Mondo Morley Medicale: EVO-1 Part 1 – MODS

The Morley EVO-1; one of the holy grails of stupid, antiquated pedal-collecting. It’s a monster-sized beast that accomplished one tiny effect. It has… a really, really short echo. But when it came out, how fucking novel! In a world before BBD chips, in a time of oil… this is the oil can echo.

“Just look how compact it is!” said a 1970s musician

This was a broken EVO-1 that I picked up online. The base was rotten and the echo did not echo. I fixed it all up and did meticulous work photographing everything. And then my computer crashed. This was in 2014. So, it’s been awhile. In lieu of the gigantic photo essay I had planned, I’m gonna take my time and retrace my steps. If you want to know more about oil-can audio technology now, see my previous article on the Morley RWV Rotating Wah I refurbished. If you want to see a simple way to mod the circuit board to make an EVO-1 more powerful, for the 2-6 people who actually own one that works, read on!

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Mondo Morley Medicale: RWV Rotating Wah

So you think you’re analog, eh? You always use physical faders for your volume swells, you only record to tape, and you have that nifty vibrato guitar pedal with a BBD IC chip. I call bullshit. That’s not analog enough! An IC chip? Well, domo arigato, Mr. Roboto, but no arigato. If you want that pedal to be even more analog, you need to send your guitar signal through an aluminum disc covered in oil to rubber pickups. WTF? Here’s one of the biggest stomp boxes you’re likely to ever see, the Tel-Ray Morley RWV Rotating Wah.

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Raymond Lubow invented the oil can echo in the 1960s for his company, Tel-Ray Electronics, to be a more reliable device than the tape-based echoes of the time. Smaller than a tape echo, it was also able to be added by amplifier manufacturers to their products. It uses an aluminum disc rotating in an electrostatic oil which brushes against conductive rubber pickups to carry the sound. Raymond used the same technology to create the Morley rotating speaker simulator and shove it into a pedal. The name was a pun on the Leslie (less-lee) rotating cabinet speaker. Thus a company was born and we all got ever-so confused. Now imagine you have a broken one. Fuck.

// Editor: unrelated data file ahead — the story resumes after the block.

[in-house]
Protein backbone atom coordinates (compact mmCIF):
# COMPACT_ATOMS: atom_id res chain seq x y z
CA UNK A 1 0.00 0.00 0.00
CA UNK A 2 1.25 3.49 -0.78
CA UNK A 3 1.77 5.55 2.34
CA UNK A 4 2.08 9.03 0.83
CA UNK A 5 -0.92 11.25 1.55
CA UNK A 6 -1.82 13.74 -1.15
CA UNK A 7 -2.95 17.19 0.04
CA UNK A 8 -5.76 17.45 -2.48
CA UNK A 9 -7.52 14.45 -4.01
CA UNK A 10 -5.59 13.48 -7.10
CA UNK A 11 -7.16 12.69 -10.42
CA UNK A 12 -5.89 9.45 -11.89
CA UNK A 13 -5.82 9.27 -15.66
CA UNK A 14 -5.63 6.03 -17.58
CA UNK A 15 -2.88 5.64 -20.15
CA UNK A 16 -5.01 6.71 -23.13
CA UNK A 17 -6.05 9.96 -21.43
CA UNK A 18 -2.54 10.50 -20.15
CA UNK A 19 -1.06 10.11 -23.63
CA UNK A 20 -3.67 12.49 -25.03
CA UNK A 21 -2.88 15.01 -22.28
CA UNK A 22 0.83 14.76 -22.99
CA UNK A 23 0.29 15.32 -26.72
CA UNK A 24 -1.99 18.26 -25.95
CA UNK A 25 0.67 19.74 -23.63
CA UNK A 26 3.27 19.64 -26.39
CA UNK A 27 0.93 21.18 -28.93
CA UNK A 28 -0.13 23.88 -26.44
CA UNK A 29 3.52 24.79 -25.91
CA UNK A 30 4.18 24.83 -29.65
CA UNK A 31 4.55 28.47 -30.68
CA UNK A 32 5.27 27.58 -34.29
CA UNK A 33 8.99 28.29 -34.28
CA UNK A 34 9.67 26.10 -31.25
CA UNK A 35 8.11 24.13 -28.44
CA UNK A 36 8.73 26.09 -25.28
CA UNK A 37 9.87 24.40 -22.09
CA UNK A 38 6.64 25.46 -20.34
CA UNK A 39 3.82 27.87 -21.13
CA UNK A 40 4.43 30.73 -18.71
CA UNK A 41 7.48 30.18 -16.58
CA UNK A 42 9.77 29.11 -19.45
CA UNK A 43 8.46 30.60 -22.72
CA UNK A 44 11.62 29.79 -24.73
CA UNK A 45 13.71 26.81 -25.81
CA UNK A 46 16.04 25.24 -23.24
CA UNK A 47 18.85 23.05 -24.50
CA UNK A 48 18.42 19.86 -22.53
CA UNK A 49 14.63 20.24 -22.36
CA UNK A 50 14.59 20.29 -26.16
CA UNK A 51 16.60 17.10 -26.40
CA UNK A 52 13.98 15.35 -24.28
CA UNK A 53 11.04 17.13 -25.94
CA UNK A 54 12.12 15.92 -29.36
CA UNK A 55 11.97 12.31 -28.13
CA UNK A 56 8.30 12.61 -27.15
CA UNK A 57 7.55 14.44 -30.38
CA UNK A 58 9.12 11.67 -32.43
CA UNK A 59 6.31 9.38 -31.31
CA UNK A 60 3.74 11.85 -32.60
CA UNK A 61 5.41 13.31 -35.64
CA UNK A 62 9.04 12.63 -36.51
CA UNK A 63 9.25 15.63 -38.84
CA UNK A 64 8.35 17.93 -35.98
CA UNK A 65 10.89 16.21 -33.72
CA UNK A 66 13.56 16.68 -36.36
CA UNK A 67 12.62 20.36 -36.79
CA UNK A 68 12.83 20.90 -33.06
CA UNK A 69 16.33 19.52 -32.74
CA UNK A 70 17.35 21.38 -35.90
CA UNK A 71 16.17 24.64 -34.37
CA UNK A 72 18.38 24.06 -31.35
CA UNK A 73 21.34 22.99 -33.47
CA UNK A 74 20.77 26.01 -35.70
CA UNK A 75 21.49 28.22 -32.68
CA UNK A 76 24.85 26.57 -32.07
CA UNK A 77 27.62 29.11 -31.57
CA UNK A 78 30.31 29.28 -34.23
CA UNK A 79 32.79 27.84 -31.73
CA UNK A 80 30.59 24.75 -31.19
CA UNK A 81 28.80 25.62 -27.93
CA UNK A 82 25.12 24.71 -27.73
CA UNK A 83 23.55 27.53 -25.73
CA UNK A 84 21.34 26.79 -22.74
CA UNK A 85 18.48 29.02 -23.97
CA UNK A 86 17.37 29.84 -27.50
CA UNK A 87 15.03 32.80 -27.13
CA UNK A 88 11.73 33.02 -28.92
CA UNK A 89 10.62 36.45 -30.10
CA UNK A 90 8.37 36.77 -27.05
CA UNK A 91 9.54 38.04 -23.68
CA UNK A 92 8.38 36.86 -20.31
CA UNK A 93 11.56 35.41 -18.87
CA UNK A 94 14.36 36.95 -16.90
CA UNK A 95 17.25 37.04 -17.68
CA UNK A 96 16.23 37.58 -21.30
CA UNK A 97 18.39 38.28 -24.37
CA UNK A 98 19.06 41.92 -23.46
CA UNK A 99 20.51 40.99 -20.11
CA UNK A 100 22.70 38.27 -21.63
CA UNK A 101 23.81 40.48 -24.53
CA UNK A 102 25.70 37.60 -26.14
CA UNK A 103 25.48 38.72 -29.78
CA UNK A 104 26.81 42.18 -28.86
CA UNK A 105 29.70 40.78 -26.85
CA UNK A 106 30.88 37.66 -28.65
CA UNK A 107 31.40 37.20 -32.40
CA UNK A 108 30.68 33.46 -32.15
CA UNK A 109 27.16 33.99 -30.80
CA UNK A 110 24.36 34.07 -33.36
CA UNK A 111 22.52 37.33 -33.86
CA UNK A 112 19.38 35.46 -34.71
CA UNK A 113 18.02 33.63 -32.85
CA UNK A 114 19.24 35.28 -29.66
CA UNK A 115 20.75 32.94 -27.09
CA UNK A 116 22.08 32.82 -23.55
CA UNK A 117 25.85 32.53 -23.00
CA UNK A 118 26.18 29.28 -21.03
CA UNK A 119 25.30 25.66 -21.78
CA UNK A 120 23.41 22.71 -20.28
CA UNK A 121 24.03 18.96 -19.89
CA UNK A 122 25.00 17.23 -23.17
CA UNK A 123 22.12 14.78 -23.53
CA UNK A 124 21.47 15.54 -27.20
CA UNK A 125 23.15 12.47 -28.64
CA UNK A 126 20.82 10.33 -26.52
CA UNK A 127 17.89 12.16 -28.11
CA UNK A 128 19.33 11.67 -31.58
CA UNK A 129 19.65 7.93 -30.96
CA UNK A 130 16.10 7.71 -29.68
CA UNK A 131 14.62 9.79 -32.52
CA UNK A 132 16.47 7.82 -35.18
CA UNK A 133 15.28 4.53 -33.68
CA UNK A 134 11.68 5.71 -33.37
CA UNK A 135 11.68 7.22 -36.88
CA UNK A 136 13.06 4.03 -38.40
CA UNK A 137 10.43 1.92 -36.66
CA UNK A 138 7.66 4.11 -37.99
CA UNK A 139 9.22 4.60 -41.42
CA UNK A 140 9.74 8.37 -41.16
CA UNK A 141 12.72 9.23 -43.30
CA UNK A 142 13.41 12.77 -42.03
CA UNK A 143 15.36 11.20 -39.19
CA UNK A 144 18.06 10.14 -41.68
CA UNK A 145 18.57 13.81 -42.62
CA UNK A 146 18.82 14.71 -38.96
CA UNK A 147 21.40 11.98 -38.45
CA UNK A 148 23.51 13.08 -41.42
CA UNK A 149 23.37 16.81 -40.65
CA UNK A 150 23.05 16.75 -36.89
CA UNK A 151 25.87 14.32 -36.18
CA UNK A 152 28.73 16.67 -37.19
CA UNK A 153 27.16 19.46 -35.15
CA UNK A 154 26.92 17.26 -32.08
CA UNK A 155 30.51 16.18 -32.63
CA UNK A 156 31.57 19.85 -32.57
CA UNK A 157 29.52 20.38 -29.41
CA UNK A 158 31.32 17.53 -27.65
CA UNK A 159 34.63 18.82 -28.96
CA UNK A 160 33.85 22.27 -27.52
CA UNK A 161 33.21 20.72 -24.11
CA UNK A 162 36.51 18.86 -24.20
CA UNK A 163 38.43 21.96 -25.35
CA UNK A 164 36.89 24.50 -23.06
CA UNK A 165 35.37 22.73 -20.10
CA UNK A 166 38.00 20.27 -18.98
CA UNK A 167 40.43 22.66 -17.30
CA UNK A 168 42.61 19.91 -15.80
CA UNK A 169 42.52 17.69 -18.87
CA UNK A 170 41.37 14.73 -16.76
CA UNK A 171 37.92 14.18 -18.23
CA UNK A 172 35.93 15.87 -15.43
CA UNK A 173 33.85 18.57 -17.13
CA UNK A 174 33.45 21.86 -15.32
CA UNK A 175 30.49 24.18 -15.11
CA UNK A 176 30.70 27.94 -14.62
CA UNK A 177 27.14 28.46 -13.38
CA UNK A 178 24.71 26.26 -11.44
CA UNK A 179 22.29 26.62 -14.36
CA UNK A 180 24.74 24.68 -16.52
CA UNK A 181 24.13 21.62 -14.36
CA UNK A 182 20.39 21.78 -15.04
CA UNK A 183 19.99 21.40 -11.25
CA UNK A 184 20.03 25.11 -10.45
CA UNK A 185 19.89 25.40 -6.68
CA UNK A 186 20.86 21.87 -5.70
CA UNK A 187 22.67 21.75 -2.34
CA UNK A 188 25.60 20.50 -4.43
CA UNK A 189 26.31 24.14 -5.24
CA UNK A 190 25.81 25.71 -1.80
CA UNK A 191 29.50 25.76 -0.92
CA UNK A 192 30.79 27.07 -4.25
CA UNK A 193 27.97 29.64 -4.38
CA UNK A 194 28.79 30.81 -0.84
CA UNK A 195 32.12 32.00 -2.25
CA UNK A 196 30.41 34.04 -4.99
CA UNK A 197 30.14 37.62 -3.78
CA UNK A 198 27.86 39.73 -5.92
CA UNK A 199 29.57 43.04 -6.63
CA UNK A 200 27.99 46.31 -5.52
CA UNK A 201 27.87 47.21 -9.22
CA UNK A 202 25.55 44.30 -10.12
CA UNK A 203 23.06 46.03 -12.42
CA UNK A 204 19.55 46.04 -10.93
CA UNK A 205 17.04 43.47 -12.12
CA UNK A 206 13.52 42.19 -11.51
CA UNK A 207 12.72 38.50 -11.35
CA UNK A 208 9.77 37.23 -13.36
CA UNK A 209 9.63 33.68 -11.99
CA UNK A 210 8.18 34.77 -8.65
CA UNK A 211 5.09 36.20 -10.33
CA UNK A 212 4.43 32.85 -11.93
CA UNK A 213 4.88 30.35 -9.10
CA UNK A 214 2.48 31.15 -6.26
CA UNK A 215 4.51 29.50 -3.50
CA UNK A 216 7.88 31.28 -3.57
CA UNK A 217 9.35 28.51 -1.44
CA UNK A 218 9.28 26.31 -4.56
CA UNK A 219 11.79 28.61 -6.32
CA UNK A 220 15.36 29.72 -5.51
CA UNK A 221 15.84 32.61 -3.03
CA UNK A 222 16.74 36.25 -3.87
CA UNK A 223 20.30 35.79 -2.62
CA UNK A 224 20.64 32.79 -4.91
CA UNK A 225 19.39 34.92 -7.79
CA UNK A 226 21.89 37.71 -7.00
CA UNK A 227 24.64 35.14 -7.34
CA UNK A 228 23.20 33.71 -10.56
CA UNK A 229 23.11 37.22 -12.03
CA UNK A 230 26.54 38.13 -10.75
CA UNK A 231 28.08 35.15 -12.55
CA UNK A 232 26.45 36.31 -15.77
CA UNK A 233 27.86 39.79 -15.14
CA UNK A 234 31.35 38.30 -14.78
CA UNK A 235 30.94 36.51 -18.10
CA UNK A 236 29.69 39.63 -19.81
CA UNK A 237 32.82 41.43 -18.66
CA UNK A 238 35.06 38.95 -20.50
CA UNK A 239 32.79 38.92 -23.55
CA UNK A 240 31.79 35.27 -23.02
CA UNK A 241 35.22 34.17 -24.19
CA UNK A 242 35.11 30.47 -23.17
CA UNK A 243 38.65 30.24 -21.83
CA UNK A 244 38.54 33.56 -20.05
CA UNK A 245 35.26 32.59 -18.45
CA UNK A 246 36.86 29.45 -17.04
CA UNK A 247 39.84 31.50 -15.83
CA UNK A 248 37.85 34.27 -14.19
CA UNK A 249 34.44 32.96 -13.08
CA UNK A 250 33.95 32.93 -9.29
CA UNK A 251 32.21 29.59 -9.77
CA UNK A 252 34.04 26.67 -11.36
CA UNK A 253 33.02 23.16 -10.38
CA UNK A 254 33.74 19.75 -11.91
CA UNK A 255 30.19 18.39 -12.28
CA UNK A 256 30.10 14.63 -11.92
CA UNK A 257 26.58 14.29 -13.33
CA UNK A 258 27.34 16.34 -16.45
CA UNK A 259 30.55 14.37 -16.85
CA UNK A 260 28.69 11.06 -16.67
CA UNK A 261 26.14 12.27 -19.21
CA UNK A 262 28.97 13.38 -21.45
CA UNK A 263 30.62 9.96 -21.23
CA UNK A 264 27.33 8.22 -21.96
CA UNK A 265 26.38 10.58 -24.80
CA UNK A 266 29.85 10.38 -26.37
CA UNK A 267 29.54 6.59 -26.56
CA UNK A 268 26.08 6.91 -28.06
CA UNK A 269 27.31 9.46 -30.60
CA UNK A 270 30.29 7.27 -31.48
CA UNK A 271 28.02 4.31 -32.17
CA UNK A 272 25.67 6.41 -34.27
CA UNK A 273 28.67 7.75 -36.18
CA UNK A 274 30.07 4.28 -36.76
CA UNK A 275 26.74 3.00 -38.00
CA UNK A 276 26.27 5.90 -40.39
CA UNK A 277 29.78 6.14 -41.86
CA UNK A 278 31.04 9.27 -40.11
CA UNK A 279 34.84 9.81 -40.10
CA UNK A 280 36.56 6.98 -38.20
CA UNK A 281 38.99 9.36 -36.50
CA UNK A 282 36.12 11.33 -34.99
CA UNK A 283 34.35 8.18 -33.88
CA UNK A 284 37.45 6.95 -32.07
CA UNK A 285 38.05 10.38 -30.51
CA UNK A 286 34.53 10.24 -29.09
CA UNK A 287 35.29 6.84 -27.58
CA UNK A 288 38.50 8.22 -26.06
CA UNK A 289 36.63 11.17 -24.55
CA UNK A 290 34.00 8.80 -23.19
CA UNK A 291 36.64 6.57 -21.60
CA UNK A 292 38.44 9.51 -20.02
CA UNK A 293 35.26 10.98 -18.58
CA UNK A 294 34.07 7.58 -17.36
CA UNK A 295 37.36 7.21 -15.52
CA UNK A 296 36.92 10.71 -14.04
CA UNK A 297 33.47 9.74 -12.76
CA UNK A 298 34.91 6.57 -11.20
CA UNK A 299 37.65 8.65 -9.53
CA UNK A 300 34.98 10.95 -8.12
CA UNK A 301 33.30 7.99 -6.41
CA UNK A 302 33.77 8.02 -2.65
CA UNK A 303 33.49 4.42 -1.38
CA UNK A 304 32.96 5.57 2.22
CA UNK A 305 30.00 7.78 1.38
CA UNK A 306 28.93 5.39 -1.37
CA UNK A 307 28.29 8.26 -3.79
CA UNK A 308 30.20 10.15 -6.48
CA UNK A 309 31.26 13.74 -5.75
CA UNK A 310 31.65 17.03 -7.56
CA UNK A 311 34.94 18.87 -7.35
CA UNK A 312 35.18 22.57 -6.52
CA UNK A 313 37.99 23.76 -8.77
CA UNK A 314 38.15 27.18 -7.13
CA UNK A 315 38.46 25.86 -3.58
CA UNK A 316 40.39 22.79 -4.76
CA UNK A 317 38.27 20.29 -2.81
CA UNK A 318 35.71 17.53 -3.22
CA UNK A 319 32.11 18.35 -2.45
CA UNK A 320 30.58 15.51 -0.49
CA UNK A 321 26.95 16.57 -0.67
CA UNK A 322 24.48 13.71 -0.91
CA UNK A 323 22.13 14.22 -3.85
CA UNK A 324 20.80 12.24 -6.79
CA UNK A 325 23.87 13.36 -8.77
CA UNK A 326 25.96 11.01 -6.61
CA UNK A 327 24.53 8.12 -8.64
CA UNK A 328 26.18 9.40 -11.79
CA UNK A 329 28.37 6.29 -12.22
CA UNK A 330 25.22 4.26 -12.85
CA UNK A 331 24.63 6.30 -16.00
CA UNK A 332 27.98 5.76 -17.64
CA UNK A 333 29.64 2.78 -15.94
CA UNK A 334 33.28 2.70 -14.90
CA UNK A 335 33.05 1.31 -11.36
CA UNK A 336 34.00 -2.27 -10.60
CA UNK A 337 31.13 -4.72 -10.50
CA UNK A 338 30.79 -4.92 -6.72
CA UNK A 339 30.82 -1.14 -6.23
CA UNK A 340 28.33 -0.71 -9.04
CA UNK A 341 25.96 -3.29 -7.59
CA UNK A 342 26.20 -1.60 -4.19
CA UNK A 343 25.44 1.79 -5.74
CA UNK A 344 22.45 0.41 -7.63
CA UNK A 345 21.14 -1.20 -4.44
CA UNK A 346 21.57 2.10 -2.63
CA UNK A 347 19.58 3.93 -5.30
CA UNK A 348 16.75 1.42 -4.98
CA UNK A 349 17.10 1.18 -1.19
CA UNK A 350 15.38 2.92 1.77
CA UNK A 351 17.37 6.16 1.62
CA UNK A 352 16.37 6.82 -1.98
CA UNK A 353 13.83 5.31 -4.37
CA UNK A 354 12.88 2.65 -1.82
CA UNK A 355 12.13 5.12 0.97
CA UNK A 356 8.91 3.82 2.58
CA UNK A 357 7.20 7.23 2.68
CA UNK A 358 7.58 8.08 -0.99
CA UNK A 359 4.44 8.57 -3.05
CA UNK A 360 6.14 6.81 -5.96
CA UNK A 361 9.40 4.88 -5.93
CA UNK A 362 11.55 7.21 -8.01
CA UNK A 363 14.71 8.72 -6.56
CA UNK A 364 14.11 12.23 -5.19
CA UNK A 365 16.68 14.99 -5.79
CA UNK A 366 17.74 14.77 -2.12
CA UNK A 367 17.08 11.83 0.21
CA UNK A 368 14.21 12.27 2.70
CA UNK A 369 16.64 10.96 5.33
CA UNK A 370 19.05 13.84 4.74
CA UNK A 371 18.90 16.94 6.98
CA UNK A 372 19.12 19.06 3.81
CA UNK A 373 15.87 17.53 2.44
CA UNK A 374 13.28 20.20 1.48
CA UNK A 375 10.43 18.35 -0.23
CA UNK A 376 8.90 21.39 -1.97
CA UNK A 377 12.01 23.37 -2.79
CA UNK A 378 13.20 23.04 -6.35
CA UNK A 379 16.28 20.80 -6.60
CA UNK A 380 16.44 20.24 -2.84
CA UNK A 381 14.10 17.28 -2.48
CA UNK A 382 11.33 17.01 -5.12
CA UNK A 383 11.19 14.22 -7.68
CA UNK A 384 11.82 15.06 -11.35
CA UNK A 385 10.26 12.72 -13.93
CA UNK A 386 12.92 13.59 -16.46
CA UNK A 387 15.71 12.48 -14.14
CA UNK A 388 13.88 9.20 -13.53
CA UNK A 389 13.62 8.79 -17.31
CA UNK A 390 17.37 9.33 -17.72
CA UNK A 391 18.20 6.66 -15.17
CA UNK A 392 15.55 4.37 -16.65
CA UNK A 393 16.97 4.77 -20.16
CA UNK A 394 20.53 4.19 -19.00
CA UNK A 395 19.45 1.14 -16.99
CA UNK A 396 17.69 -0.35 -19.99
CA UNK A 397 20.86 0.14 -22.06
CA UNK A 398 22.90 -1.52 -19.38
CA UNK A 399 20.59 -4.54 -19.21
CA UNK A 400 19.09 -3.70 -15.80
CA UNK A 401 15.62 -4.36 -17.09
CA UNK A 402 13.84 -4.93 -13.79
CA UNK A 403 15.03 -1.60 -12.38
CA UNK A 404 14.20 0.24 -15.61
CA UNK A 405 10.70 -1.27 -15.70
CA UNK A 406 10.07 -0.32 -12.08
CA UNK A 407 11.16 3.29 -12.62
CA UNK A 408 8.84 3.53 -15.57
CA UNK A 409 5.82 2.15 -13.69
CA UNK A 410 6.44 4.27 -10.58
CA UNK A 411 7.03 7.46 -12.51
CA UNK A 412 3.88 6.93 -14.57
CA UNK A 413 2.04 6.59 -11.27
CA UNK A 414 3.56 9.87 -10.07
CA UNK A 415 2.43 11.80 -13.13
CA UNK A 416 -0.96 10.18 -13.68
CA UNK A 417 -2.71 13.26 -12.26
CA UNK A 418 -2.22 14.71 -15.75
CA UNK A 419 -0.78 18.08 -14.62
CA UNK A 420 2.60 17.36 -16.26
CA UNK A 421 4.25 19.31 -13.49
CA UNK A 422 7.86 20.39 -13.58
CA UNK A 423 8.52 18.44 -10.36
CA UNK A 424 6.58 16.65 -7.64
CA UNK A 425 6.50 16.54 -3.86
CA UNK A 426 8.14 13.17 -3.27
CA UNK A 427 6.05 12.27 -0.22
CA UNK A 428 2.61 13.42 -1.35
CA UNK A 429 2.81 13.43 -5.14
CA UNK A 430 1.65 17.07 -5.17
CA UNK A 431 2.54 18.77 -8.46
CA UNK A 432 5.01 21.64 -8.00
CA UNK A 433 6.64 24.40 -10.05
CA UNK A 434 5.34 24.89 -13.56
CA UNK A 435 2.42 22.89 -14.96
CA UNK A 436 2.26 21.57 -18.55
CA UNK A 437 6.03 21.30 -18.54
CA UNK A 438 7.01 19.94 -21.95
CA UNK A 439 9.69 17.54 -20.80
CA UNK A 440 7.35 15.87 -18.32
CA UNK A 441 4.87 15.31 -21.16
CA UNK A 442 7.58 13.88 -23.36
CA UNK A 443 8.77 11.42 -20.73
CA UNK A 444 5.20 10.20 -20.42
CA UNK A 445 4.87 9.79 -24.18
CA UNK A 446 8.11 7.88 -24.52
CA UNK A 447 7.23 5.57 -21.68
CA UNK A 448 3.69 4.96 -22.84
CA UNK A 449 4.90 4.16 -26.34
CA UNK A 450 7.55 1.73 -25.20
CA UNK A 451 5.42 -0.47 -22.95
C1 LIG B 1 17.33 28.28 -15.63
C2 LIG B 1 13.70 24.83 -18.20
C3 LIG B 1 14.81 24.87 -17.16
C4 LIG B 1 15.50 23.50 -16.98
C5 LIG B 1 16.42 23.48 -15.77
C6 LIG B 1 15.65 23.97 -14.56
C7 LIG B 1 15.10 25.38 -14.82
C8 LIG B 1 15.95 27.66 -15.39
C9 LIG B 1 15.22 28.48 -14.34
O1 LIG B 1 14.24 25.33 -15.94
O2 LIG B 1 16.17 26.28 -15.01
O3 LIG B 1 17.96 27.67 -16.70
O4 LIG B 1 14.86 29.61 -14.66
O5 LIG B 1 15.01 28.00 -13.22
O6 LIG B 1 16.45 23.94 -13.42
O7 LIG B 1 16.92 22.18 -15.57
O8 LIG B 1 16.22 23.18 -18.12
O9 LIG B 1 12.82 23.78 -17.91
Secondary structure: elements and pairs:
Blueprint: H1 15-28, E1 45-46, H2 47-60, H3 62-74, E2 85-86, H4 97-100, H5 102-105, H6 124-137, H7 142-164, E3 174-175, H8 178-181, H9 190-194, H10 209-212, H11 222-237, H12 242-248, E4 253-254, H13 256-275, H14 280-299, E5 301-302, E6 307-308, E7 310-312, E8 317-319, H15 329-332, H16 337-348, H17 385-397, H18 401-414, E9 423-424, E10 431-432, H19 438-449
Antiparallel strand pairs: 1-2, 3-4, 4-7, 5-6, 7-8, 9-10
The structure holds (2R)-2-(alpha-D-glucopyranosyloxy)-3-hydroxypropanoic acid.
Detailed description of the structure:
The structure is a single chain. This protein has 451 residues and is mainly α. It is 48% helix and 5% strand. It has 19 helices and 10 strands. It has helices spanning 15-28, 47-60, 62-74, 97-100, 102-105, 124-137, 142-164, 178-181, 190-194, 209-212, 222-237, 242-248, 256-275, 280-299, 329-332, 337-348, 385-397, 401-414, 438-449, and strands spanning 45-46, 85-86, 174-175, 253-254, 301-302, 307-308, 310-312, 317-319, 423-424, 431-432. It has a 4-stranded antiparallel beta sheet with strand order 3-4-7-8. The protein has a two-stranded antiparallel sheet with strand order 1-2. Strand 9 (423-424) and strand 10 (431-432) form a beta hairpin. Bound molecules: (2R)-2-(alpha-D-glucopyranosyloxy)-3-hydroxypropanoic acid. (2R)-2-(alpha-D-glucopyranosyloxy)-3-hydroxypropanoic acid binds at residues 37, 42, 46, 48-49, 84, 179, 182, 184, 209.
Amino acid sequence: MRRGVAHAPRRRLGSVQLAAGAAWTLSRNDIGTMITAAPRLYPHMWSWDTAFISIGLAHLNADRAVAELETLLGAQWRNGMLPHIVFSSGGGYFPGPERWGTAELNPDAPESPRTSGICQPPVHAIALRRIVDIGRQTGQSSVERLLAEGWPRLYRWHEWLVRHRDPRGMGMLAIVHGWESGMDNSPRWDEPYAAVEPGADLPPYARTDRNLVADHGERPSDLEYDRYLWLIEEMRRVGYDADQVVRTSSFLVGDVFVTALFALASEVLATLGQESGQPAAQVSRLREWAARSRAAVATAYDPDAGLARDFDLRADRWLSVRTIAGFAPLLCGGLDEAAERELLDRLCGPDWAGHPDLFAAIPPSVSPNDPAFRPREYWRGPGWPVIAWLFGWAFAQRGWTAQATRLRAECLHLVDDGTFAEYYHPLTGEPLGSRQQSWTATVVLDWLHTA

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Class or Ass: Tel-Ray Morley VOL volume pedal

This is by far the biggest pedal you’ll ever find that does so little. The Morley VOL volume pedal is a gigantic chrome monstrosity, powered directly by AC and it does one thing: turn you down. Looking at an original from the ’70s, gleaming and polished, it’s definitely a beauty, but is it worth it?

Morley VOL volume pedal

The first thing ya gotta ask yerself, do you need a volume pedal? Guitars and basses usually have a knob that does the same thing right there next to your hand. You should try using it! There are those, however, who might use a volume pedal for swells and, uh… that’s pretty much it. Presuming you need a volume pedal, it’s best to take a closer look before you make room on your pedal board for this one-trick pony that’s the size of a pony.

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Mondo Morley Medicale: PWF Power Wah Fuzz

This monster, the Morley Power Wah Fuzz, came to me via Sir John Cadbury Cobbett.

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On his former quest to have the largest pedal board in the world, partially I think to mock me and my increasing effects collection, John decided to collect some old Tel-Ray Morley pedals. I knew they had a wah and volume pedal, but I really had no idea how many effects this company produced in the ’70s. Rotating Wahs and echos utilizing oil cans, flangers and phasers whose sweep could be automatic or controlled by one’s foot, some weird shit called a pik-a-wah that used a metal pick to wah while you played? And they all came in the same gigantic big chrome box that just says, “America, fuck yeah.”

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